Up in Arms Over Arsenic

It’s almost as if arsenic is screaming for attention. The metal certainly has caused concern as it leaches from CCA-treated wood. And in March 2001, President George W. Bush’s administration suffered scrutiny when EPA Administrator Christie Whitman announced the EPA would withdraw Clinton administration-approved rules to lower the limit for arsenic in drinking water until more research could be done.

The lower standard, which was proposed by the EPA in June 2000 and finalized by former EPA Administrator Carol Browner in the last days of President Bill Clinton’s final term, would reduce the acceptable level of arsenic in drinking water (the maximum contaminant level, or MCL) from 50 parts per billion (ppb) to 10 parts per billion.

The EPA proposed MCL of 5 ppb for arsenic on June 22, 2000 (65 FR 38888) and the final MCL of 10 ppb was published on Jan. 22, 2001 (66 FR 6976). Discussion arose when Whitman delayed the effective date of the MCL until Feb. 22, 2002 (see 66 FR 28342. May 22, 2001) to seek additional public input on science and cost issues.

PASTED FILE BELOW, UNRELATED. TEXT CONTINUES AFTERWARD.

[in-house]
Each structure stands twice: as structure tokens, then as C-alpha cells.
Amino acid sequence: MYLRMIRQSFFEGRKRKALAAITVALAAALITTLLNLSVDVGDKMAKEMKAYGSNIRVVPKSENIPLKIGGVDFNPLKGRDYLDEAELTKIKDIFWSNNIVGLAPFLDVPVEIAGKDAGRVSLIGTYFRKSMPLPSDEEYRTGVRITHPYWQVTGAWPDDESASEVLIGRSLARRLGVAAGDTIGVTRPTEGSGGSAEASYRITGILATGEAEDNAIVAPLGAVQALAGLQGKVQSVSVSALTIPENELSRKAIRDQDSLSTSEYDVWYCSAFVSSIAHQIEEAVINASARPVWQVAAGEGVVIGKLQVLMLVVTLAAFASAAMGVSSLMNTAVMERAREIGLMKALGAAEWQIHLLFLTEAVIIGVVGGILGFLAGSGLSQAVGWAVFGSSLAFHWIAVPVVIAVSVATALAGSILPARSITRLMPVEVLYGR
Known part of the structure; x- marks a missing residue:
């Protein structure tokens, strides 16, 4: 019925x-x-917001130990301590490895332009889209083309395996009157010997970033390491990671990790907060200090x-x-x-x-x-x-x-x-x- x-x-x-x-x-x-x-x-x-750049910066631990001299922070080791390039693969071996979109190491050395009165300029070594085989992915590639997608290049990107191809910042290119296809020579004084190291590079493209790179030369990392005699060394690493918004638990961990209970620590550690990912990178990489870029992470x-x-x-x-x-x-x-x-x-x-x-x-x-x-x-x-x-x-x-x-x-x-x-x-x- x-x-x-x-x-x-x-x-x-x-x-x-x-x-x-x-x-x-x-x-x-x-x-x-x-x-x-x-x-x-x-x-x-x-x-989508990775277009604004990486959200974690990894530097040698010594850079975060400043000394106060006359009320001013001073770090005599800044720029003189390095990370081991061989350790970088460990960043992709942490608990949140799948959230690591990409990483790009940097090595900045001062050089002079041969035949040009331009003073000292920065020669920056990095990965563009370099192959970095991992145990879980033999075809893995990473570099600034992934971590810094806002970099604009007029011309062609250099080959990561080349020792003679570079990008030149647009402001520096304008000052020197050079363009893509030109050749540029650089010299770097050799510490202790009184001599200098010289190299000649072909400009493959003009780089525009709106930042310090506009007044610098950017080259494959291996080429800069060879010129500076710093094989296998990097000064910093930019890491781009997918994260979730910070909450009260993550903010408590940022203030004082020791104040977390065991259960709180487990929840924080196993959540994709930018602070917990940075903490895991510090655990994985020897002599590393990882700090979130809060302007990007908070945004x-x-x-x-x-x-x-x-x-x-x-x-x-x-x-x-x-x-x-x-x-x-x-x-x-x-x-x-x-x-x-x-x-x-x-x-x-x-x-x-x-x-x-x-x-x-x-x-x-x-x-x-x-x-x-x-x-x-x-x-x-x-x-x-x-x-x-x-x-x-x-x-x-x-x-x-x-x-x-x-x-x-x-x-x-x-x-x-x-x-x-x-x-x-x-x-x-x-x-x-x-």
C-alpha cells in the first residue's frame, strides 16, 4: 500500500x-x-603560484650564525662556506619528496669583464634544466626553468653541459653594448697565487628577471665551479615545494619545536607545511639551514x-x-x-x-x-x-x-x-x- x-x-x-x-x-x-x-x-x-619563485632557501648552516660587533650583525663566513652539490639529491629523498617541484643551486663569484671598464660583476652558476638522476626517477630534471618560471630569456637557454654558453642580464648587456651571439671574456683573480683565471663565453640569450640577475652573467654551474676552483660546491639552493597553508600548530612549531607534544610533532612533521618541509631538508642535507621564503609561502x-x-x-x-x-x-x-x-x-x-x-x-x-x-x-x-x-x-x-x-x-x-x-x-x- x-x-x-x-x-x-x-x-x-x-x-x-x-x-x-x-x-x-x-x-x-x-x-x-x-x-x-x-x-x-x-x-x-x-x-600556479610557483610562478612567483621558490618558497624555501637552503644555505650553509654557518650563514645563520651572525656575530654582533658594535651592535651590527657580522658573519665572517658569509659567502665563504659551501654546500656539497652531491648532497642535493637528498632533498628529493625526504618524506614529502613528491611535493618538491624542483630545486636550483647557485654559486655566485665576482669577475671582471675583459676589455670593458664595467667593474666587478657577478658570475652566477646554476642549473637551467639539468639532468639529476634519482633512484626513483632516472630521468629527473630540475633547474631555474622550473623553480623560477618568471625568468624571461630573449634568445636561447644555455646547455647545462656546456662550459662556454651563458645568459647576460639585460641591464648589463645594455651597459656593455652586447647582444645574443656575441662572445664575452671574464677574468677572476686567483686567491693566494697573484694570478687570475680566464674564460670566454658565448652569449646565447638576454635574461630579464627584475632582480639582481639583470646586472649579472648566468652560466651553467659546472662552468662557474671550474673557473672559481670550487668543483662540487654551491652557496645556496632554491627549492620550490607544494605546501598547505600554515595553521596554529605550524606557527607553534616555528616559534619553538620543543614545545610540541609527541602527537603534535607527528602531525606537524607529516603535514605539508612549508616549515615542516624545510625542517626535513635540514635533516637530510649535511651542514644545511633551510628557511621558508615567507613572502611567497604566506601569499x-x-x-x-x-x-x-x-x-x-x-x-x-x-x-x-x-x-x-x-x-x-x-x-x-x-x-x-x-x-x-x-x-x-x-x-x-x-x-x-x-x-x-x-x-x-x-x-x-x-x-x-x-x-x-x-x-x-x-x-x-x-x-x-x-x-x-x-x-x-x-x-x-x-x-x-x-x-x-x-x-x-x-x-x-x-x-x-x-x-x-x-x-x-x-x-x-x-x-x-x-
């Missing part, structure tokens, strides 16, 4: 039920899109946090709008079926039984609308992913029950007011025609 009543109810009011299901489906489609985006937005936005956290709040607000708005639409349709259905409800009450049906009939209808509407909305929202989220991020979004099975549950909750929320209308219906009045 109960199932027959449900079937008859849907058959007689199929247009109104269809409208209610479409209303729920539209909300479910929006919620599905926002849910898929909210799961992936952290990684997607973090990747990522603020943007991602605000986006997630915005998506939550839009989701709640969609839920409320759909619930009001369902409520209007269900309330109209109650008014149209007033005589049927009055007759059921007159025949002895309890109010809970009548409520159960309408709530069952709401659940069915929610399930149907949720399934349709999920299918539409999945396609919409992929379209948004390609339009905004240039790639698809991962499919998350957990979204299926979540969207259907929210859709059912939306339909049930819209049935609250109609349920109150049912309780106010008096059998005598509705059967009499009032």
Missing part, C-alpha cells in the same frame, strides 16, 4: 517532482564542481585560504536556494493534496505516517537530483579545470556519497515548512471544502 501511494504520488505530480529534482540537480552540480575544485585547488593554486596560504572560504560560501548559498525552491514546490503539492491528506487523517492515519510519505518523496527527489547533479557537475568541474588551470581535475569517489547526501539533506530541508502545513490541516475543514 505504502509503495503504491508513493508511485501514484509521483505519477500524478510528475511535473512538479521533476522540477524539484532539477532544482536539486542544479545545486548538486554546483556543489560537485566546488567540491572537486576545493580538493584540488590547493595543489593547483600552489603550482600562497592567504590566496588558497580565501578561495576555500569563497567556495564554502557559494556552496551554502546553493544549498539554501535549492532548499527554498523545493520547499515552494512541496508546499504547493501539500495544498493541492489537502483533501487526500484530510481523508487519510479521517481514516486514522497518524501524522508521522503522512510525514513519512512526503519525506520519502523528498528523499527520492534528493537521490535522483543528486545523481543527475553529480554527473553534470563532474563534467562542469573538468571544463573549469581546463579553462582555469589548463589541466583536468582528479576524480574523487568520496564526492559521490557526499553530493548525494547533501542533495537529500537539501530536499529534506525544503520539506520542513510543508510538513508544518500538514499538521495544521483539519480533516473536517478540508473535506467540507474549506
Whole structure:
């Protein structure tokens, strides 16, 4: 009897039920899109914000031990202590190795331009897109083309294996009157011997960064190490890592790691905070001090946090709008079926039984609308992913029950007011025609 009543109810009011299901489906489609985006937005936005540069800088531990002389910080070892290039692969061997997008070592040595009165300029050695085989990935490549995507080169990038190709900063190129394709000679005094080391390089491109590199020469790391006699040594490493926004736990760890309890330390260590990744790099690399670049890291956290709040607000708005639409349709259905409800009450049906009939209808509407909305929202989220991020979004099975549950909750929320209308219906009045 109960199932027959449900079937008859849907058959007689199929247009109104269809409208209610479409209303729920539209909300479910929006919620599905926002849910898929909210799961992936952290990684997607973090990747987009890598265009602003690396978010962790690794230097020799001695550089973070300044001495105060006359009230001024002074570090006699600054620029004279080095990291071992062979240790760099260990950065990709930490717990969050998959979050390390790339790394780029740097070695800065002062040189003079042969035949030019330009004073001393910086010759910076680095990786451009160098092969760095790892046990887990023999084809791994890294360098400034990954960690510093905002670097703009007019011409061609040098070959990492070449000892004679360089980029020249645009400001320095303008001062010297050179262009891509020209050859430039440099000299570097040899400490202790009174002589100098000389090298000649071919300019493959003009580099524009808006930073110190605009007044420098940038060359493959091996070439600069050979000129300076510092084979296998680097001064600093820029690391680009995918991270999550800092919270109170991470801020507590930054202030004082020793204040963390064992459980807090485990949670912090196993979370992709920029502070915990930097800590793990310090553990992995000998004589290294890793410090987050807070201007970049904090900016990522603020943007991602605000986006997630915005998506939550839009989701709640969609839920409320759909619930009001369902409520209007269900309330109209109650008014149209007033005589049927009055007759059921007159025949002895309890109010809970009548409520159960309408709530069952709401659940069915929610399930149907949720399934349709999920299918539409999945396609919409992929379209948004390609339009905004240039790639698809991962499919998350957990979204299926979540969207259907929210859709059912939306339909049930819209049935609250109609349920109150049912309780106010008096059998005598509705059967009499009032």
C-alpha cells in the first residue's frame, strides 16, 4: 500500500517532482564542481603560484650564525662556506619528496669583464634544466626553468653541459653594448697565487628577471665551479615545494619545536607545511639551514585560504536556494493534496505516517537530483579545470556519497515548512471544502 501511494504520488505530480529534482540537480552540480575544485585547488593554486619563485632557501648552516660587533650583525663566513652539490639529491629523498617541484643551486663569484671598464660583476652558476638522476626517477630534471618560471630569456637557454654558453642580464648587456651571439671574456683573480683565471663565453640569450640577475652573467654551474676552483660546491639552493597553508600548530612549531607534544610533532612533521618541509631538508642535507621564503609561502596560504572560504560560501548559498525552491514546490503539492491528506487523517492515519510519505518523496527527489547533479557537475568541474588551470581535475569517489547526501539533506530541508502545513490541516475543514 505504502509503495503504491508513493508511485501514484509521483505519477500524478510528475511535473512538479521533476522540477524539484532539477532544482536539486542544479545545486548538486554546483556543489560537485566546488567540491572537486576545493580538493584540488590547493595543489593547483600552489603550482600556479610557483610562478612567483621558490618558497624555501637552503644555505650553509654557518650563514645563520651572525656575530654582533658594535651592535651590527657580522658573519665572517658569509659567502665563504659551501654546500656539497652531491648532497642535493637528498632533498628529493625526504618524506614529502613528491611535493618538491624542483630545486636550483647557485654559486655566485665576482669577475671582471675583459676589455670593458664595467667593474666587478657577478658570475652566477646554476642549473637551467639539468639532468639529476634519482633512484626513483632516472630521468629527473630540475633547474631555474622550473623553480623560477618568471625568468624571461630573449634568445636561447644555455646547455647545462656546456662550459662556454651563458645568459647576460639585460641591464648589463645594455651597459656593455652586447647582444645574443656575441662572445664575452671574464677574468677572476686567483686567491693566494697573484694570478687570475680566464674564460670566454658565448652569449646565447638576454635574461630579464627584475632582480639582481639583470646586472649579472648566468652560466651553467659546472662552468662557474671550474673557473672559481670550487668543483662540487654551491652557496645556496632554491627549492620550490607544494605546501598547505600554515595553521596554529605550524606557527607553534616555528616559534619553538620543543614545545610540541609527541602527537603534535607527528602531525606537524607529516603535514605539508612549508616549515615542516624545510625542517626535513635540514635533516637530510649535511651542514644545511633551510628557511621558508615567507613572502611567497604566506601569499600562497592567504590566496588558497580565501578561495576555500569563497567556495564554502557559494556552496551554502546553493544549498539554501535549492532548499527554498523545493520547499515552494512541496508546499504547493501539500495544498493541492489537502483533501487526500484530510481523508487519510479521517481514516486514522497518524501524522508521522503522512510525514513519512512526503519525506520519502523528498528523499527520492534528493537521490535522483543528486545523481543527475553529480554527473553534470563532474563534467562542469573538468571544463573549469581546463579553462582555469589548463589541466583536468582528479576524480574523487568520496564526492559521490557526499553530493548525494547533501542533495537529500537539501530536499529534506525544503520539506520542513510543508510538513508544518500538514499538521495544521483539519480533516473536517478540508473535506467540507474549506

“While scientists agree that the previous standard of 50 parts per billion should be lowered, there is no consensus on a particular safe level,” Whitman said at the time. “I want to be sure that the conclusions about arsenic in the rule are supported by the best possible science. [Some cities and states] have raised serious questions about whether the costs of the rule were fully understood when the rule was signed,” she said.

Environmental groups blasted the administration for turning a deaf ear to a potential health concern. But the EPA insists that there is no safe magic number — no one really knows how low arsenic levels should be to be considered safe.

Arsenic is a toxic substance found naturally in the earth, but it also is produced during industrial processes such as semiconductor manufacturing and petroleum refining. However, a 1999 National Academy of Sciences, Washington, D.C., study linked arsenic in drinking water to bladder, lung and skin cancer.

Patricia-Anne Tom is Waste Age's managing editor.